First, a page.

Ted Waitt

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Theodore "Ted" Waitt (born January 18, 1963) is an American billionaire philanthropist who was a co-founder of Gateway, Inc.

Biography[edit]

Waitt was born and raised in Sioux City, Iowa and attended the University of Iowa and left without earning a degree. Waitt and Mike Hammond started Gateway 2000 on September 5, 1985 with a $10,000 loan secured by Waitt's grandmother. The Company began on Waitt's father's cattle ranch in Sioux City, Iowa, moved to Sergeant Bluff, Iowa and later to North Sioux City, South Dakota, where they continued to develop their "down-home" branding, complete with computer boxes printed in a black and white Holstein cow pattern.[1]

Waitt led a move of the company's headquarters from South Dakota to Poway, California in 1998. Mr. Waitt released the reins as CEO of Gateway in late 1999 to Jeffrey Weitzen, but returned to the post in January 2001.

In 2004, after the acquisition of eMachines, Waitt turned over day-to-day operations of Gateway and the title of CEO to Wayne Inouye,[2] the former CEO of eMachines. In May 2005, he resigned as chairman of the company,[3] ending a near 20-year run with the company he co-founded.

Waitt has been featured on numerous lists by Forbes magazine. He has held a spot on both the Forbes 400 Richest in America as well as Forbes list of the World's Billionaires. He has also been listed on Fortune Magazines "40 Richest Under 40", a list of the 40 wealthiest self-made Americans under the age of 40 in the United States. The 2008 Forbes 400 List listed Waitt with a net worth estimated at $1.4 billion. Waitt fell off the Forbes 400 list in 2009 with a net worth estimate of $900 million. Forbes speculated that the drop from the previous year was as a result of "souring real estate" and a divorce settlement.[4]

According to the September 2002 issue of Fortune Magazine,[5] Waitt sold $1.1 billion in Gateway stock during the dot-com era. In August 2007, Gateway was acquired by Acer Inc. for $1.90 per share or $710 million.[6]

Labeled a maverick by national business and technology publications,[7] he has gone on to form four enterprises that are his chief interests: Avalon Capital Group, Inc., a wholly owned, billion-dollar private investment company with diverse interests in technology, health care, energy, finance, and real estate; and the Waitt Foundation, Waitt Institute and Waitt Institute for Violence Prevention, nonprofit organizations dedicated to the improvement of mankind’s knowledge through historical and scientific exploration.

Mr. Waitt resides in La Jolla, California with his family.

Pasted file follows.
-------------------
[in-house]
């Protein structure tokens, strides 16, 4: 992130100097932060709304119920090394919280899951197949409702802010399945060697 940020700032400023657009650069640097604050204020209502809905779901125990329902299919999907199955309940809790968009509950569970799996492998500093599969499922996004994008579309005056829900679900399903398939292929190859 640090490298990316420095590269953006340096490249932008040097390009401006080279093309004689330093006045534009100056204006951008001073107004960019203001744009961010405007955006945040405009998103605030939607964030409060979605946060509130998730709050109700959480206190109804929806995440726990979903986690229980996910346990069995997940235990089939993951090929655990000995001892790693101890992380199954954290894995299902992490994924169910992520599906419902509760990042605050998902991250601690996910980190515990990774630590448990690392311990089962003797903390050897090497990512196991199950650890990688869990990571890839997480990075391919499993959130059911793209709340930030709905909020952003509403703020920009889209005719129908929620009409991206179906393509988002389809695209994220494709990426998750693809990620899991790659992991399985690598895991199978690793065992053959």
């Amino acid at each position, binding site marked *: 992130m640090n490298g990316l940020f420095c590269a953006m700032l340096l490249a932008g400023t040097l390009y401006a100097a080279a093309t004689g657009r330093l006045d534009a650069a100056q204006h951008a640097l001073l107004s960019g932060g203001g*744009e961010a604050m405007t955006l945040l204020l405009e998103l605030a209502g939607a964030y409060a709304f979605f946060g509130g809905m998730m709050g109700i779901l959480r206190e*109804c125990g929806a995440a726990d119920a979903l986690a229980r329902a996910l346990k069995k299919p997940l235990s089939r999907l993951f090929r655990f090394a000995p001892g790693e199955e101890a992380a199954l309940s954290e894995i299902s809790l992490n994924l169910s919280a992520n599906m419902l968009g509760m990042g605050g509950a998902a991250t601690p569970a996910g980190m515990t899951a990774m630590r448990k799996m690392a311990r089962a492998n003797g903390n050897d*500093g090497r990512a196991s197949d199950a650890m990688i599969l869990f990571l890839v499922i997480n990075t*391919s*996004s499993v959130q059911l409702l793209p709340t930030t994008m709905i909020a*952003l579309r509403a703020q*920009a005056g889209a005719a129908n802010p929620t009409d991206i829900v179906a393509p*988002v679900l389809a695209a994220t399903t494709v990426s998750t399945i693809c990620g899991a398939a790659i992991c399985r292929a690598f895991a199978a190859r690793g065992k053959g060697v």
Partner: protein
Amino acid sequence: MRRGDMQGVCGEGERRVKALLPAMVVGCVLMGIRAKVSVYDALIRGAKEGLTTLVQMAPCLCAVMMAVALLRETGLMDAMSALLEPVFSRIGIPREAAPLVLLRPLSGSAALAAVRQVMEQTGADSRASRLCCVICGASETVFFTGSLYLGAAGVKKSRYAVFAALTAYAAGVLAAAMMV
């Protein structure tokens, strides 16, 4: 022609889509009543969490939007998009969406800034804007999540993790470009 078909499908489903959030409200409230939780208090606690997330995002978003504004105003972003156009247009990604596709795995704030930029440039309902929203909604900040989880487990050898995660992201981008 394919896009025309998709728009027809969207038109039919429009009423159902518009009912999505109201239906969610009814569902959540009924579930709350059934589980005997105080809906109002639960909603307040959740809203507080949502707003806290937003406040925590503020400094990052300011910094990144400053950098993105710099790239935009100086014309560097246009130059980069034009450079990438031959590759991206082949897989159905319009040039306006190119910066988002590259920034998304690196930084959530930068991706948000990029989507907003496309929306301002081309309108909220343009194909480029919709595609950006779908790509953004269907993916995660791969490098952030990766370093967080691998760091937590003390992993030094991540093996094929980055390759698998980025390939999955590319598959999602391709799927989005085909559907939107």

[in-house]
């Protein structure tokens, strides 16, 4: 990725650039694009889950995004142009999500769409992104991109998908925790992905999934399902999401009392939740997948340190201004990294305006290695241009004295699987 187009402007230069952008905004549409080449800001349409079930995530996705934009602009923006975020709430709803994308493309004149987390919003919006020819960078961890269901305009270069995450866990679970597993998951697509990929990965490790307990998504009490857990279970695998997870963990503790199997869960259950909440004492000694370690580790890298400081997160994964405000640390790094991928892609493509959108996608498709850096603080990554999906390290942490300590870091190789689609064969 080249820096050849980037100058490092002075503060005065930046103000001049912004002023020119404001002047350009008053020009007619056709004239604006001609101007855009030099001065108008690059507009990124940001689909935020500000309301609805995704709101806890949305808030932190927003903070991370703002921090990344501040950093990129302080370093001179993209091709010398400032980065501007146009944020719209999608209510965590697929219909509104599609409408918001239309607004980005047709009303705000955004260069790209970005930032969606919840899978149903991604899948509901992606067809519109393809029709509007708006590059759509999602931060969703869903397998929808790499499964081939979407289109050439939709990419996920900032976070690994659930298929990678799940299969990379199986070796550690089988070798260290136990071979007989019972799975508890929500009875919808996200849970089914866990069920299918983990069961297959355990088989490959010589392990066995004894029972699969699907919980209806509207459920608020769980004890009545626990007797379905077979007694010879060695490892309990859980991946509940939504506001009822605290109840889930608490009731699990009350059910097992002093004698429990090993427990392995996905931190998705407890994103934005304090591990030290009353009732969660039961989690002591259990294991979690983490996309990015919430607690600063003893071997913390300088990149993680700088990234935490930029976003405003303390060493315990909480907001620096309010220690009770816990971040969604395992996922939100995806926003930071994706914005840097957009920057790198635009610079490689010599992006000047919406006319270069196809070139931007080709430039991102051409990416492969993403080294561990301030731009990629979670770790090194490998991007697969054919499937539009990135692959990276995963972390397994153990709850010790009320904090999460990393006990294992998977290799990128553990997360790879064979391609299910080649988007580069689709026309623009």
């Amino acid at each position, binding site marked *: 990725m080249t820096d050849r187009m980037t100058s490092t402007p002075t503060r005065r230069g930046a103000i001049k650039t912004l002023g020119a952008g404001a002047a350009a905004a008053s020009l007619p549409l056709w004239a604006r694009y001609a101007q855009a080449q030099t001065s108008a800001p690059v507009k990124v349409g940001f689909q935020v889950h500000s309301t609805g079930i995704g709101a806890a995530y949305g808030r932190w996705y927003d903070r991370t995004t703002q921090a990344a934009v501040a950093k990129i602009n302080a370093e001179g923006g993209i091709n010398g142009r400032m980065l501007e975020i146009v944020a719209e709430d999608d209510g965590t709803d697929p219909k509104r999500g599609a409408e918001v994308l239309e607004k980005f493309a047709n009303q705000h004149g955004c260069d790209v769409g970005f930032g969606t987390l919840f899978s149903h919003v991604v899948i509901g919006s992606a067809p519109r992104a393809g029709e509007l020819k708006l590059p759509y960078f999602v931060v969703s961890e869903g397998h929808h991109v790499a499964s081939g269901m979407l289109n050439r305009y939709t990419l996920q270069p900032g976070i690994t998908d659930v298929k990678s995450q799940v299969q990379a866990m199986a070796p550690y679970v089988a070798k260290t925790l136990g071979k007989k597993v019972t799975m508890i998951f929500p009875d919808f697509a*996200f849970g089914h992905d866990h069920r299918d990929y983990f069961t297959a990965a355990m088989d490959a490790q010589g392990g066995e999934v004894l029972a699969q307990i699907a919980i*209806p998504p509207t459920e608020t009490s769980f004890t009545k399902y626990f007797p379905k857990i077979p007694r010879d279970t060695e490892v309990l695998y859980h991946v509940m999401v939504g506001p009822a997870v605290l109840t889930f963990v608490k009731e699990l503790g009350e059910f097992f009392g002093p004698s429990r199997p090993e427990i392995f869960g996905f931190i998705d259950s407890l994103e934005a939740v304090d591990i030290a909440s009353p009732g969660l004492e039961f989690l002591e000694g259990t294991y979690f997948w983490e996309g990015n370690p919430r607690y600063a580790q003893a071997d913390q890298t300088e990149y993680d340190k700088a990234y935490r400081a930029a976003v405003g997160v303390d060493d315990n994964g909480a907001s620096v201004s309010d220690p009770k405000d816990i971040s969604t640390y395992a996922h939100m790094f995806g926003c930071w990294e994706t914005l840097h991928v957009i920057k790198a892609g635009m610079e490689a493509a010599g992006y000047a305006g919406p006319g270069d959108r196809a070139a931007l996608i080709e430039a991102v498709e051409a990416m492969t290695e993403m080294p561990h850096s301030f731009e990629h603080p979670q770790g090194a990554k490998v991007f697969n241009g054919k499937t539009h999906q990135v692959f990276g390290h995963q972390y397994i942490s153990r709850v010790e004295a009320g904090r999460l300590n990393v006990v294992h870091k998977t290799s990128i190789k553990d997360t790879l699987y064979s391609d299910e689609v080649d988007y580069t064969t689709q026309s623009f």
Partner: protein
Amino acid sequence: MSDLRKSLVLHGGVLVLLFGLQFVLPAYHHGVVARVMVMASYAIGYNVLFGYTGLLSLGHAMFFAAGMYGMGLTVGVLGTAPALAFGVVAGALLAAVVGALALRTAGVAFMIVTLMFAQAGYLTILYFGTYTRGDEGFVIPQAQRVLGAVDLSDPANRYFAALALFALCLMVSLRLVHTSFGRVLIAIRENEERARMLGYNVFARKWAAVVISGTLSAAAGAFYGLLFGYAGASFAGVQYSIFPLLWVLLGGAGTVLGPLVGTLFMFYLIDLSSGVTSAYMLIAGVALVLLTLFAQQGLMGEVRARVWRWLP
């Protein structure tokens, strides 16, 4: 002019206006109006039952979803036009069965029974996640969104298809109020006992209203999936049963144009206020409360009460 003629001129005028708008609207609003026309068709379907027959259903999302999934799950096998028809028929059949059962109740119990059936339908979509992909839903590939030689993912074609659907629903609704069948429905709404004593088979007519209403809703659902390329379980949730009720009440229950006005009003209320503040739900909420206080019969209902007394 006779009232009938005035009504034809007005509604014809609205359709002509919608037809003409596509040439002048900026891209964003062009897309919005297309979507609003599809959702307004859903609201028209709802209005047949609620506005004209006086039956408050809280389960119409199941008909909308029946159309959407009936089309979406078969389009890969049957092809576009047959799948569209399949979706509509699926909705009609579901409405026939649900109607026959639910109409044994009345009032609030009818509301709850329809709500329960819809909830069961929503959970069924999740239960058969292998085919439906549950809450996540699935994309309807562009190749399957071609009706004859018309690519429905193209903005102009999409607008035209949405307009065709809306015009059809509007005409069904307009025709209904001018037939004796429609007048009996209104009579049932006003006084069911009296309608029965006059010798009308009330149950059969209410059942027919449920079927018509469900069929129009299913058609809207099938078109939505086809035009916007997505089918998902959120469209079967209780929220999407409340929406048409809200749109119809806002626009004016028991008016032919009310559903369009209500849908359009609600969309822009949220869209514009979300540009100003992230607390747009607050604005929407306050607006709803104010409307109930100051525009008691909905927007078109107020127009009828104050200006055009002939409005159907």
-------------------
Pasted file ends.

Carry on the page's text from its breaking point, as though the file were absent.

Philanthropy[edit]

Through the Waitt Foundation, Waitt has become one of America’s 50 most generous philanthropists, according to Business Week.[8] The Foundation funds partnerships and projects, sometimes in conjunction or collaboration with the Waitt Institutes, that seek a deeper understanding of human history and improve mankind’s knowledge through historical and scientific exploration.

Established in 1993,[9] the Foundation initially focused on domestic violence prevention and community development, knowing that building stronger families and societies will help foster the vision of a better world. The creation of the Waitt Institutes in 2005—the Waitt Institute, and the Waitt Institute for Violence Prevention—has allowed the Foundation to broaden its program interests to the global community.

Waitt serves as the Chairman of the Founding Fathers campaign of the Family Violence Prevention Fund, just one of the efforts that he supports in the fight to prevent domestic violence. Waitt was appointed by Congress to serve on the Advisory Commission on Electronic Commerce and has served on numerous other corporate and philanthropic boards of directors, including the Advisory Council of the National Geographic Society and as Vice Chair of the Board of Trustees[10] of the Salk Institute for Biological Studies.

On 1 May 2008, the Salk Institute for Biological Studies announced[11] the grant of $20 million from the Waitt Foundation to fund the creation of an Advanced Biophotonics Center. On 18 December 2008, the William J. Clinton Foundation released a list of all contributors. It included Theodore Waitt, who gave between US$10–25 million.[12] On April 23, 2011, the Sioux City Public Museum had its grand opening. $4 million[13] of its $13 million development budget was donated by the Waitt Foundation.

External links[edit]

References[edit]

  1. ^ "Early History of Gateway 2000". Free Encyclopedia of Ecommerce. Archived from the original on May 25, 2007. 
  2. ^ "Waitt gives up CEO role". CNET Networks date = 2004-03-11. 
  3. ^ "Waitt leaves Gateway board". CNET Networks date = 2005-05-19. 
  4. ^ [1] Forbes 2009 List
  5. ^ [2] Fortune, September 2, 2002
  6. ^ [3] MSNBC, August 27, 2007
  7. ^ [4] Wired, May 1995
  8. ^ "The Top Givers". Business Week. 2003-12-01. Archived from the original on 2008-03-27. 
  9. ^ "Waitt Foundation - Our History". Archived from the original on 2008-03-27. 
  10. ^ "Board of Trustees, Salk Institute for Biological Studies". Archived from the original on 2008-03-27. 
  11. ^ "Waitt Foundation grant to Salk Institute for Biological Studies - Advanced Biophotonics Center". 
  12. ^ Contributor Information to the William J. Clinton Foundation
  13. ^ "Waitt Foundation grant to Sioux City Public Museum".